Overall, the team had a productive meeting, and we are excited to begin working together.  Thank you to all the organizers, speakers, and participants!

Time Topic Speaker/s
09:00 – 09:10 Welcome Rachel Robinson-Lehtinen
09:10 – 09:40 Introduction to AI4Life & Euro-BioImaging ERIC John Eriksson
09:40 – 09:50 Interactions with other Horizon Europe funded projects Antje Keppler
09:50 – 10:55 Interactions with partner RIs Aastha Mathur, Davide de Cioccio, Roland Pieruschka,
Katja Herzog, Silke Schumacher
10:55 – 11:00 Coffee Break
11:00 – 11:30 Message from the European Commission Project Adviser Antonio Ventura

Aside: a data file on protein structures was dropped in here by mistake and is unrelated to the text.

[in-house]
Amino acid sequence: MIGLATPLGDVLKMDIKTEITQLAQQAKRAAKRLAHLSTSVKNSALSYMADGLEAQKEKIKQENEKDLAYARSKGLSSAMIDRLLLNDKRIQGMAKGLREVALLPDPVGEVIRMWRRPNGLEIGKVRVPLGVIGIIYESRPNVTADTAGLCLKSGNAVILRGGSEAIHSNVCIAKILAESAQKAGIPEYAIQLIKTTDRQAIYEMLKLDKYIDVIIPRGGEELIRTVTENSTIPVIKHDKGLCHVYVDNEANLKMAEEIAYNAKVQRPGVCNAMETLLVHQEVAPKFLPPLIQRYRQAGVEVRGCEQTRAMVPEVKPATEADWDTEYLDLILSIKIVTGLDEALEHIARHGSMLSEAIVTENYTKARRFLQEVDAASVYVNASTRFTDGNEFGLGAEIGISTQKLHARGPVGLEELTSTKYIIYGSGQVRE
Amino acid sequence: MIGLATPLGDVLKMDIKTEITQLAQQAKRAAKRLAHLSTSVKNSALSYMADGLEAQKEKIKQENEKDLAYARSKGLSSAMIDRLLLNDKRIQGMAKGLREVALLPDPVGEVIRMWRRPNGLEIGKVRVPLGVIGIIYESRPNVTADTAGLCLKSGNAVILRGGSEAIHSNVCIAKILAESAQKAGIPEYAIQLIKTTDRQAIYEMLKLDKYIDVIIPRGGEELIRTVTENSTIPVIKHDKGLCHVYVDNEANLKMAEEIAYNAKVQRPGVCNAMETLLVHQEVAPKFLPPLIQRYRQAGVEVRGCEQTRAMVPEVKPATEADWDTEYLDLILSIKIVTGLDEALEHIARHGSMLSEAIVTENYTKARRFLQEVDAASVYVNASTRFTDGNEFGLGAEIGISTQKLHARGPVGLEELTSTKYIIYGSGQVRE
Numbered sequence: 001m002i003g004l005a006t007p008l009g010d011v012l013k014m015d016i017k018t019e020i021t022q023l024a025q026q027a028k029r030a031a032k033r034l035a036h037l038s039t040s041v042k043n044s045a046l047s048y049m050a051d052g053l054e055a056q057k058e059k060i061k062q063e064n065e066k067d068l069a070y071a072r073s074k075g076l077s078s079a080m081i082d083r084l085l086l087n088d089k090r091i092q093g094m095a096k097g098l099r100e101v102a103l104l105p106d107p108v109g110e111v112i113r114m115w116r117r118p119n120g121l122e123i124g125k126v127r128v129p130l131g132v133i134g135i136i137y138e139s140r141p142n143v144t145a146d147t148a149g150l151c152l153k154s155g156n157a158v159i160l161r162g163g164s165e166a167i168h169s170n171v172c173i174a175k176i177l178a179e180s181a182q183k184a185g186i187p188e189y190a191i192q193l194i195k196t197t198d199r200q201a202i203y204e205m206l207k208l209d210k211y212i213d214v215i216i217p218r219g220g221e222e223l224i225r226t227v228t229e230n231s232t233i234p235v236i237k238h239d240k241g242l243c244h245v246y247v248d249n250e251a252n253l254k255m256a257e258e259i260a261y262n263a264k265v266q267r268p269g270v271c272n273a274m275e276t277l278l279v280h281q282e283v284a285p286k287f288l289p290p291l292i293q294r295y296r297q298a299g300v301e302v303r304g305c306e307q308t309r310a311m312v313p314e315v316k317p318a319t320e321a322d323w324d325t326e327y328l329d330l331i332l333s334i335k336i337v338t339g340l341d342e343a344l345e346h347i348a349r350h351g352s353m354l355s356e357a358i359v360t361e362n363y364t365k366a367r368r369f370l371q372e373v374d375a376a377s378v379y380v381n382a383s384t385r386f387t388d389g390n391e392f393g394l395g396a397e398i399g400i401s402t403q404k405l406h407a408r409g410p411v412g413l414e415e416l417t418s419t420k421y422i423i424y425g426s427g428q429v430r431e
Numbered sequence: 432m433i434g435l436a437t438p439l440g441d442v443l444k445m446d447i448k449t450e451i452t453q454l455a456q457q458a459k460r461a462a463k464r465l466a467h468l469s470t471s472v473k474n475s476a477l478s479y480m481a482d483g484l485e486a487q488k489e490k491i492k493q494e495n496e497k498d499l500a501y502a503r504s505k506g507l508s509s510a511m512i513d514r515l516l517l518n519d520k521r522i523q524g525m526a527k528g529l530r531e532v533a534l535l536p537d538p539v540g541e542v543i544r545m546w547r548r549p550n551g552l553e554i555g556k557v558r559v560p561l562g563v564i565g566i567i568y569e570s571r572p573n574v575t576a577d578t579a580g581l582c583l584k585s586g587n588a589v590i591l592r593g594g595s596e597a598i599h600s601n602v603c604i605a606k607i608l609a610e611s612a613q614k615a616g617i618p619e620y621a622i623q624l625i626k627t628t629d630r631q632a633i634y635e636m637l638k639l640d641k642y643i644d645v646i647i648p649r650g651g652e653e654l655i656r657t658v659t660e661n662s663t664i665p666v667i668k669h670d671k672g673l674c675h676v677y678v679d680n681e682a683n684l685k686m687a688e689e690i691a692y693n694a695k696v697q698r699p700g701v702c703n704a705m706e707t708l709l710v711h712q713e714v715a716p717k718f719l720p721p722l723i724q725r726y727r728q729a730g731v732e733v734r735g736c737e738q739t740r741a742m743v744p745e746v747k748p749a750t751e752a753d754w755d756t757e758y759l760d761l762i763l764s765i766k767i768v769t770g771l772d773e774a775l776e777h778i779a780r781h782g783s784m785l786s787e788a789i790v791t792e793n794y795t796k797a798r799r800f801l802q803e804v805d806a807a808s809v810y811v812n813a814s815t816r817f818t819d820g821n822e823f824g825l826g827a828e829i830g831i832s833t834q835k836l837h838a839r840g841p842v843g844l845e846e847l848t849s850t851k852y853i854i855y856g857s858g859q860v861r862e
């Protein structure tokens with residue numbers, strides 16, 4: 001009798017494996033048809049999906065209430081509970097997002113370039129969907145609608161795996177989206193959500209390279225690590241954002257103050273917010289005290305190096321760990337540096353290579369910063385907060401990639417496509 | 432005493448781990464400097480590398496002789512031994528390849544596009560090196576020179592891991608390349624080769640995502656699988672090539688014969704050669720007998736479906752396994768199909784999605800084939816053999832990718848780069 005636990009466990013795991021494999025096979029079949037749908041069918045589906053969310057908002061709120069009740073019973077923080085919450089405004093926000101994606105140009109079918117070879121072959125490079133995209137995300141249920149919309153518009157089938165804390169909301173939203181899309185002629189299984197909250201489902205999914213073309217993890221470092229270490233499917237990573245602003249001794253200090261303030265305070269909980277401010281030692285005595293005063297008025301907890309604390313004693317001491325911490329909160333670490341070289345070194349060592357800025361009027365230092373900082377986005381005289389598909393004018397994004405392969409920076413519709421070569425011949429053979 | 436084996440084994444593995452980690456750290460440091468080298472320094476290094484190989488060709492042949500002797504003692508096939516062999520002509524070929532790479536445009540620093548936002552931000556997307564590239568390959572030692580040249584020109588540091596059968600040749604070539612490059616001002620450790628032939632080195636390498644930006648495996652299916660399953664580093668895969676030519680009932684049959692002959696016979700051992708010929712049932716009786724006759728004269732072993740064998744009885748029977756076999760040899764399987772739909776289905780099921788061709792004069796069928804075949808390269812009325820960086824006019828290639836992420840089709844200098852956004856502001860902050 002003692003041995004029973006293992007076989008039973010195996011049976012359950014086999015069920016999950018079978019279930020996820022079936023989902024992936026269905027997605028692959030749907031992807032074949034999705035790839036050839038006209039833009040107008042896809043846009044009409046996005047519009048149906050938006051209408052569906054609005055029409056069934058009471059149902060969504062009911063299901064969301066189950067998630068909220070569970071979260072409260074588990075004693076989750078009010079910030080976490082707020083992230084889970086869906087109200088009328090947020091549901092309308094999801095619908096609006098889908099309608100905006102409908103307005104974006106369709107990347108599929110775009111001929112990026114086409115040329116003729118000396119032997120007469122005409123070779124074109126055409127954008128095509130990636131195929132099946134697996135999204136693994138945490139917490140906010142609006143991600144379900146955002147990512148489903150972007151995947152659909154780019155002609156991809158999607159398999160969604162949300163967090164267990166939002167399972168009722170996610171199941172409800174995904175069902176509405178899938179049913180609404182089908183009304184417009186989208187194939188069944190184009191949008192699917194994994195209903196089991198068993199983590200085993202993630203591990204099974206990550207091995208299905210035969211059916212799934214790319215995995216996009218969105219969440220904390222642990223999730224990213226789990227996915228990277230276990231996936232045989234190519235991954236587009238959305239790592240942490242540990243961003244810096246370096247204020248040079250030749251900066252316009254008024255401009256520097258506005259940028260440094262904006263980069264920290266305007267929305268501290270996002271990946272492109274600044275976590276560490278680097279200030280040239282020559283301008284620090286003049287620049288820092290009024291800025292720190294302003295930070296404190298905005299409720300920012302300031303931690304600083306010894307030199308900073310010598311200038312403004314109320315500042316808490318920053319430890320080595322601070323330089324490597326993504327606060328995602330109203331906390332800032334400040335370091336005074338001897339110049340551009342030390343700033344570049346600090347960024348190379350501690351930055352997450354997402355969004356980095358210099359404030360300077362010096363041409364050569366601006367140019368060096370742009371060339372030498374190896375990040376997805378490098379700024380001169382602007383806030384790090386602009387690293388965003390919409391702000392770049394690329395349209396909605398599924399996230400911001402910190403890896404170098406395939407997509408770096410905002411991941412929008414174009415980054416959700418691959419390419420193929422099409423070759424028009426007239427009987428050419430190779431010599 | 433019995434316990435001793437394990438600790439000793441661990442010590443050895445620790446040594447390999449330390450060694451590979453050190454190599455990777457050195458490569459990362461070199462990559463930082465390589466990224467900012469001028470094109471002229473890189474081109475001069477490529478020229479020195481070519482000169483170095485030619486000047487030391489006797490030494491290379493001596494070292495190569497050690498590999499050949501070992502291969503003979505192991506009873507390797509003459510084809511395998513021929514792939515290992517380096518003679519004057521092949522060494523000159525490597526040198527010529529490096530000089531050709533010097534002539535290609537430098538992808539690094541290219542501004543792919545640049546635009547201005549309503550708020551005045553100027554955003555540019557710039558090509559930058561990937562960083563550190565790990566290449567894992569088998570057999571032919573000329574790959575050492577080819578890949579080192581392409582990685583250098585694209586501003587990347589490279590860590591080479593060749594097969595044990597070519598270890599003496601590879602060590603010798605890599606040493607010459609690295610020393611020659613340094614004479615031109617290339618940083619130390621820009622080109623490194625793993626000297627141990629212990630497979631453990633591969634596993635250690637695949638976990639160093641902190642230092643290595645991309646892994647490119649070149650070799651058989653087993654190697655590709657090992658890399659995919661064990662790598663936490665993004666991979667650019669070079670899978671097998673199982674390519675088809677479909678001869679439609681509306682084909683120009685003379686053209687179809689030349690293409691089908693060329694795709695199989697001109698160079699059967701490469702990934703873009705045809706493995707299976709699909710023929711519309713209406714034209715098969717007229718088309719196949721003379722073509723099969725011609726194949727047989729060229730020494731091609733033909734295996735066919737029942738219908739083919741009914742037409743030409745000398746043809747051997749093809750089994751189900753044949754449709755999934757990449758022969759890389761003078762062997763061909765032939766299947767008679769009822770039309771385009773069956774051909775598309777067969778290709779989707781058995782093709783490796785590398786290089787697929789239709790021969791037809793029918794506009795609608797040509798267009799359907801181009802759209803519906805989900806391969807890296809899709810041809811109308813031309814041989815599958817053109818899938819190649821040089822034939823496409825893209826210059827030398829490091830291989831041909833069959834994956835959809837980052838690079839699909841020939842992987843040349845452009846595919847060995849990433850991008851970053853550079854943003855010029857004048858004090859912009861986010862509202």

European Research Executive Agency
11:30 – 12:00 EOSC and costing for cloud resources Peter Maccallum
12:00 – 13:00 Lunch & Group Photo
13:00 – 13:25 Project administration, timelines & reporting (WP1: Project Management) Rachel Robinson-Lehtinen
Appointment of the Executive Board
Appointment of the Open Calls Selection Committee
13:25 – 15:30 Introduction of Scientific Topics Anna Kreshuk & Florian Jug
WP2: User services & computing infrastructures Wei Ouyang
WP3: Direct support Arrate Muñoz
Discussion Anna Kreshuk & Florian Jug
15:30 – 15:40 Coffee Break
15:40 – 17:45 WP4: Contributing services Ricardo Henriques
WP5: Data, model & computing standards Matthew Hartley
WP6: Support for open calls, challenges & new services Florian Jug
WP7: Communication, outreach & training Aastha Mathur, Marianna Childress-Poli
Discussion Anna Kreshuk & Florian Jug
19:15 Dinner
Time Topic
09:00 – 12:30 Workshop on technical discussions / Pressing issues raised in Day 1